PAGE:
Payment of Charges

Charges are due and payable prior to the beginning of each semester; mid-August for the fall semester and mid-January for the spring semester. Charges must be paid in full or arrangements completed for a deferred payment plan before each semester.

Full Payment: All charges, net of financial aid, must be paid by cash or check to the Business Office. Additionally, an online electronic payment option is available at for credit card or electronic checks. Please see the Business Office Student Accounts website, for current information.

Deferred payment plan: You may choose the deferred payment plan if you maintain a good payment history with the college. Each semester you may defer your tuition, room, and board charges, making four deferred payments. There is a $25 per semester set-up fee. All unpaid balances, covered by the deferred payment agreements, will be assessed finance charges equivalent to 5 percent per year. Failure to make deferred payments on a timely basis may result in the loss of the opportunity to establish a payment plan in future semesters. Our payment plan calculator at can give you an idea of what your four equal payments per semester will be. For more information, contact the Business Office — Student Accounts at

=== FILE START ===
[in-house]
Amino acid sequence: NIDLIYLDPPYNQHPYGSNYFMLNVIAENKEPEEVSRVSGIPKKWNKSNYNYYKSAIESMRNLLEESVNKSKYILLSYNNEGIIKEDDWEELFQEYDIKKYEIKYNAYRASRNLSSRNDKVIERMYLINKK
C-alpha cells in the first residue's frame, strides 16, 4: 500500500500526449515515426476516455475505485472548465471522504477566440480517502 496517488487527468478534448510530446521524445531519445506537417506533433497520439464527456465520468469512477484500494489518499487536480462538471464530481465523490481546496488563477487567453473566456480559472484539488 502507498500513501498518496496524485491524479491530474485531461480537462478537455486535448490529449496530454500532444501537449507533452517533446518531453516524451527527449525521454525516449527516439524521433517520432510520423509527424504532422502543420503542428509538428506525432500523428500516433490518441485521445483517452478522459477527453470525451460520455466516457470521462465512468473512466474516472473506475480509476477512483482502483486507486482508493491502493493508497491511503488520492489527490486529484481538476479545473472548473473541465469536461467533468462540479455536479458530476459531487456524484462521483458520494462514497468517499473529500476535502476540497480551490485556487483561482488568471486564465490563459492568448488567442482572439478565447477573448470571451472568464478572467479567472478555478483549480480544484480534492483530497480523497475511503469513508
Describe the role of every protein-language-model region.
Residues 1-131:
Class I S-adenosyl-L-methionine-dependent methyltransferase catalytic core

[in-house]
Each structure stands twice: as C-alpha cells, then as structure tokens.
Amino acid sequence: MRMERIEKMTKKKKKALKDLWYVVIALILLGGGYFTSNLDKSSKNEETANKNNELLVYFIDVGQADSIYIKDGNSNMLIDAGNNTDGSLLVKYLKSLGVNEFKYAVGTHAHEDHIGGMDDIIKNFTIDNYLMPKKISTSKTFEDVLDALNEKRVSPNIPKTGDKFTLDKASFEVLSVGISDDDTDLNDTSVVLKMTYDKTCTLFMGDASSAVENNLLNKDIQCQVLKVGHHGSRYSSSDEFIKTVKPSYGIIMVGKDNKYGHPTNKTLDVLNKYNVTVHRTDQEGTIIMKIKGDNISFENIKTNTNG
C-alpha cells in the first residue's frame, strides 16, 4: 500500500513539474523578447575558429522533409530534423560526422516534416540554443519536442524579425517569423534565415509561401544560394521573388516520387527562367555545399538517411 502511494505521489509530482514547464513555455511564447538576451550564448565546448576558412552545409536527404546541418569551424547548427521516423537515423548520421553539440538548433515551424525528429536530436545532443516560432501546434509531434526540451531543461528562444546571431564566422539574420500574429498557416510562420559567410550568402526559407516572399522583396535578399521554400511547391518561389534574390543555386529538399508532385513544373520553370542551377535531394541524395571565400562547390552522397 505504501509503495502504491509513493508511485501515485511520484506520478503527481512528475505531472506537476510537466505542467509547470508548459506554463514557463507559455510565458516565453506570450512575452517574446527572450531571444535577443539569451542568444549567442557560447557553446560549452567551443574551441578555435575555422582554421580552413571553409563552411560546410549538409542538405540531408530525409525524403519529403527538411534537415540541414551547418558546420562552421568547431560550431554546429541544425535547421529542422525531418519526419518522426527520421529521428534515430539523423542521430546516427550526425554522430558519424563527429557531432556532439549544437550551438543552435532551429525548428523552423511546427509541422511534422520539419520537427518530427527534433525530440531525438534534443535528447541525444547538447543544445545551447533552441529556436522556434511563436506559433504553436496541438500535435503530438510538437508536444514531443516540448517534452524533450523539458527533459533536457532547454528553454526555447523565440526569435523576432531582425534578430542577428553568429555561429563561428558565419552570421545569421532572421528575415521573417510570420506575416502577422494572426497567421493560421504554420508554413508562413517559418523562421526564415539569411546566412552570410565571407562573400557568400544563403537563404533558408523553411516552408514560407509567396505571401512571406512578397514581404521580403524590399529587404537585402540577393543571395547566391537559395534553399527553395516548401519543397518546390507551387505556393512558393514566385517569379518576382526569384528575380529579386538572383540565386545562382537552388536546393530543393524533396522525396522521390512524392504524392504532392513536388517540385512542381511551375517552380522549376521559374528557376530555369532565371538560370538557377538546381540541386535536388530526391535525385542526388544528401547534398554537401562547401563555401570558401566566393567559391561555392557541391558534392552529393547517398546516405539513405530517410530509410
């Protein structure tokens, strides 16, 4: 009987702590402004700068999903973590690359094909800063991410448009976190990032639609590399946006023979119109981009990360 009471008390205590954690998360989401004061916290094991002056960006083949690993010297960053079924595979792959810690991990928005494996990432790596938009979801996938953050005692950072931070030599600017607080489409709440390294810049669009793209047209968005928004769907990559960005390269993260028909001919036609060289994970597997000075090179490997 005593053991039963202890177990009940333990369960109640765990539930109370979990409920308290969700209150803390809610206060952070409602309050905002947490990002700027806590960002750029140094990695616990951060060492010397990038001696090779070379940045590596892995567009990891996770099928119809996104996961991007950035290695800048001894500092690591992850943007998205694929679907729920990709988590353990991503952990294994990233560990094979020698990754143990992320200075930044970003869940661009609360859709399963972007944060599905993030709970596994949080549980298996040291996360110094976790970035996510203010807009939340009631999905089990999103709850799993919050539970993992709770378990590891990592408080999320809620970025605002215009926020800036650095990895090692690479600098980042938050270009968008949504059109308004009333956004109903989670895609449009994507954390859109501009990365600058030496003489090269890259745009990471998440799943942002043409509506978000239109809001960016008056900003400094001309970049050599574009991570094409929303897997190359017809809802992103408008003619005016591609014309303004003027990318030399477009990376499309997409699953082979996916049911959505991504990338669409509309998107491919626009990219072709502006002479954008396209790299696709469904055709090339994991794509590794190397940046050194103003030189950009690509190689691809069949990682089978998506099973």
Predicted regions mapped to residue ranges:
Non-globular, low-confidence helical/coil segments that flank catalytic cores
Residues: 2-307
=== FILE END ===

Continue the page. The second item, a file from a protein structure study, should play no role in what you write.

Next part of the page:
Student Account: Whitman College issues monthly email notices to students on the charges and credits to the student’s account. All unpaid balances over $100 will be assessed finance charges equivalent to 1 percent per month. It is the student’s responsibility to be knowledgeable about and to remain current in payment for charges to his or her Student Account. Registration in classes for upcoming semesters may be denied for failure to keep current on college accounts; and Graduates may be denied a diploma.

Transcripts for academic work done at Whitman will not be provided if there is an account balance owed to the college. Whitman College uses a collection agency to collect delinquent accounts and these costs may be added to the debt at the time it is referred to the collection agency. When appropriate, information concerning such past due accounts will be provided to credit bureaus.